Reich lamented the inability of the offense – starting with Andrew Luck – to find its rhythm and sustain drives. Four of the Luck-led possessions were three-and-outs, including a poor decision/throw by Luck that resulted in an interception inside the Ravens’ 15-yard line. The run game generated just 52 yards on 14 first-half attempts.

In the short term – that’s the preseason – factors are blurring the image.

Along with the injuries, Reich and coordinator Nick Sirianni are using only a small fraction of their playbook. Vanilla is the flavor of the preseason. After two games, Hilton has one catch for 8 yards and versatile tight end Eric Ebron four for 16. Ryan Grant, the No. 2 wideout behind Hilton, has yet to catch a pass.

In short, what you’re going to see isn’t what you’re seeing. Or so Reich hopes.

During training camp, the offense has been much crisper and more efficient. It’s featured the up-tempo approach Reich covets, and showcased the match-up problems Ebron presents with his size and speed.

We’re also still waiting for Luck to incorporate deeper passes into his repertoire. It’s a very small sample size, but he’s averaging 5.2 yards per attempt and 9.5 yards per completion, with a long of 26.

“I don’t want to make any excuses, again with players or schemes,’’ Reich said Monday evening. “Yes, we are playing it close to the vest, and there are a lot of things we are not doing for sure and we don’t do in the last games either.

“We are a new staff. We can have a competitive advantage by not showing some of the things that I feel like have looked really good in training camp and the ways that we are doing certain things. We are just not going to show those.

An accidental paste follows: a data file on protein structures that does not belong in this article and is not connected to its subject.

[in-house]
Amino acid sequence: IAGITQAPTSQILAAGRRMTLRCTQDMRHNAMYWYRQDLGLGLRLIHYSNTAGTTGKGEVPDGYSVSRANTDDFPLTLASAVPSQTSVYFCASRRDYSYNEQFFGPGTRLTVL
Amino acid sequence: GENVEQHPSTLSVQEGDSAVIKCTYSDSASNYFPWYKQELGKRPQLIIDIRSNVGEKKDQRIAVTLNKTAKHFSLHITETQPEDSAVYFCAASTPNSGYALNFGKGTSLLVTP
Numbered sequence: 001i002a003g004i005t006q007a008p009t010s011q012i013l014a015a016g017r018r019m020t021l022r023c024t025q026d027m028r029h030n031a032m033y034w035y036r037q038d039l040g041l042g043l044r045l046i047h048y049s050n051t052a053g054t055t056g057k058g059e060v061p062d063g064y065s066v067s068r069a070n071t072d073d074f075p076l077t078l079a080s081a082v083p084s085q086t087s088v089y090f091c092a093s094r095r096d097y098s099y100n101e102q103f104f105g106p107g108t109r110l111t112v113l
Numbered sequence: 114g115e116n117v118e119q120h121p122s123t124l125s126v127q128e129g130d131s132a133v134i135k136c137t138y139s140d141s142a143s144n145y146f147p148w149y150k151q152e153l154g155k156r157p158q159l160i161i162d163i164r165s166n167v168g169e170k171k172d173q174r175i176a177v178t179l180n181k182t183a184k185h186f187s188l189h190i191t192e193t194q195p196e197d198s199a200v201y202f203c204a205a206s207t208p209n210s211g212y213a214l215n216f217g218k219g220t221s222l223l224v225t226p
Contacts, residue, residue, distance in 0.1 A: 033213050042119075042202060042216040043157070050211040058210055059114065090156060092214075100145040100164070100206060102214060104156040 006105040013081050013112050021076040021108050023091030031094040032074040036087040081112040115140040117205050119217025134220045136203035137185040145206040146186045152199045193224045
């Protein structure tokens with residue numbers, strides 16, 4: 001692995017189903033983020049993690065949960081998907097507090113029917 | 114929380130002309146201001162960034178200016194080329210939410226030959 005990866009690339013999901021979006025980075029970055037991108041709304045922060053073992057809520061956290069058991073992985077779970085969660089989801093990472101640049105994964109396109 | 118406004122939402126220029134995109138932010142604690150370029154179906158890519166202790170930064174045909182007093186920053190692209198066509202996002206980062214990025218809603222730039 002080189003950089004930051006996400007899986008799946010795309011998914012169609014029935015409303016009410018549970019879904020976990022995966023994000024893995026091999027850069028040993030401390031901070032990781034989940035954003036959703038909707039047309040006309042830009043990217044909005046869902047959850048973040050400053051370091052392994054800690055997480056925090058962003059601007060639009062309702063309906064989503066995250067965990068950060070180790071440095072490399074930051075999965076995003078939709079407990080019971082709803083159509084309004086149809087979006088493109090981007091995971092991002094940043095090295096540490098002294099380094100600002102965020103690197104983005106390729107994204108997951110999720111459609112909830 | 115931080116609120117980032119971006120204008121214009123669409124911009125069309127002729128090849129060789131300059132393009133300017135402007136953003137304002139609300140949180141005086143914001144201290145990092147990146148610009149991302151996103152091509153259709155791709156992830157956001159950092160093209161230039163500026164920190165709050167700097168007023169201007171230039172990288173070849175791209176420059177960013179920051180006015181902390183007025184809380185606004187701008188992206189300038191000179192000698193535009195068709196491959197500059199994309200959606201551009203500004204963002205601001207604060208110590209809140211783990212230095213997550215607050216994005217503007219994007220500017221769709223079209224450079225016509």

“That’s just a philosophical approach that we’ve always taken. I think that will pay dividends.’’

Whether that lowers the anxiety level of Colts’ fans is debatable. All they undoubtedly see is Luck and the offense producing three Adam Vinatieri field goals, three punts and the interception in seven possessions. Two of Vinatieri’s field goals have been from long distance: a 51-yarder at Seattle and a 57-yarder against the Ravens that would represent a career long.

Luck was efficient against Seattle: 6-of-9, 64 yards.

But he followed that by taking a step back: 6-of-13, 50 yards, the interception.

“We just didn’t get into a rhythm like we did last week in Seattle,’’ he said. “It just never happened.’’

Two of the drives stalled when Luck’s pass protection allowed third-down sacks.

“We did not run the ball as well as I think we would have liked,’’ he said, “and first- and second-down passing game was not as productive as you’d like. I don’t think it’s very complicated. It’s pretty simple. We’ve got some stuff to work on and we know we do, which is exciting.

“I’m not going to make any excuses for missing players or the playbook not being open. We all know the plays. We’ve been running them well in practice, and so we were sloppy. We’ll get better. We’ll improve . . . very encouraged.’’


Most Popular

Latest News

More News